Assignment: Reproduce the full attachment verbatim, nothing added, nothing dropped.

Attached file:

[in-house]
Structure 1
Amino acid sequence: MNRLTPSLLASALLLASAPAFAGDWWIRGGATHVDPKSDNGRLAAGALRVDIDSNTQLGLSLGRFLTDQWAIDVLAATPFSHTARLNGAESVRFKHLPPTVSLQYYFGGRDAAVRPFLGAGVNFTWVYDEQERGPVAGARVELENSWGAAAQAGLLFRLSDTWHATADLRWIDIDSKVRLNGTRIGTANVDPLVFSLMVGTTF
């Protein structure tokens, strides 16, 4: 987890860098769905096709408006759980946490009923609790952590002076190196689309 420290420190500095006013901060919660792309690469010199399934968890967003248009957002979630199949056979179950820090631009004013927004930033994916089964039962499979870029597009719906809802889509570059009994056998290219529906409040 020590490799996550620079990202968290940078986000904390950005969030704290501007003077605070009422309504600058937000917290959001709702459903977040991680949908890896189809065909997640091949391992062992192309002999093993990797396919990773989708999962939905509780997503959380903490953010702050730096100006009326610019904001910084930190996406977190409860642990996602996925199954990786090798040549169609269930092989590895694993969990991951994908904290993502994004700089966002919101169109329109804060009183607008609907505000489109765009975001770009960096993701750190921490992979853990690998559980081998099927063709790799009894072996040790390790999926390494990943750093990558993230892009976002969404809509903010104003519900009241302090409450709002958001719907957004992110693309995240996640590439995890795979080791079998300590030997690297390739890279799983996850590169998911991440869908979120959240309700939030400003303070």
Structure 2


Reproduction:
[in-house]
Structure 1
Amino acid sequence: MNRLTPSLLASALLLASAPAFAGDWWIRGGATHVDPKSDNGRLAAGALRVDIDSNTQLGLSLGRFLTDQWAIDVLAATPFSHTARLNGAESVRFKHLPPTVSLQYYFGGRDAAVRPFLGAGVNFTWVYDEQERGPVAGARVELENSWGAAAQAGLLFRLSDTWHATADLRWIDIDSKVRLNGTRIGTANVDPLVFSLMVGTTF
């Protein structure tokens, strides 16, 4: 987890860098769905096709408006759980946490009923609790952590002076190196689309 420290420190500095006013901060919660792309690469010199399934968890967003248009957002979630199949056979179950820090631009004013927004930033994916089964039962499979870029597009719906809802889509570059009994056998290219529906409040 020590490799996550620079990202968290940078986000904390950005969030704290501007003077605070009422309504600058937000917290959001709702459903977040991680949908890896189809065909997640091949391992062992192309002999093993990797396919990773989708999962939905509780997503959380903490953010702050730096100006009326610019904001910084930190996406977190409860642990996602996925199954990786090798040549169609269930092989590895694993969990991951994908904290993502994004700089966002919101169109329109804060009183607008609907505000489109765009975001770009960096993701750190921490992979853990690998559980081998099927063709790799009894072996040790390790999926390494990943750093990558993230892009976002969404809509903010104003519900009241302090409450709002958001719907957004992110693309995240996640590439995890795979080791079998300590030997690297390739890279799983996850590169998911991440869908979120959240309700939030400003303070």
Structure 2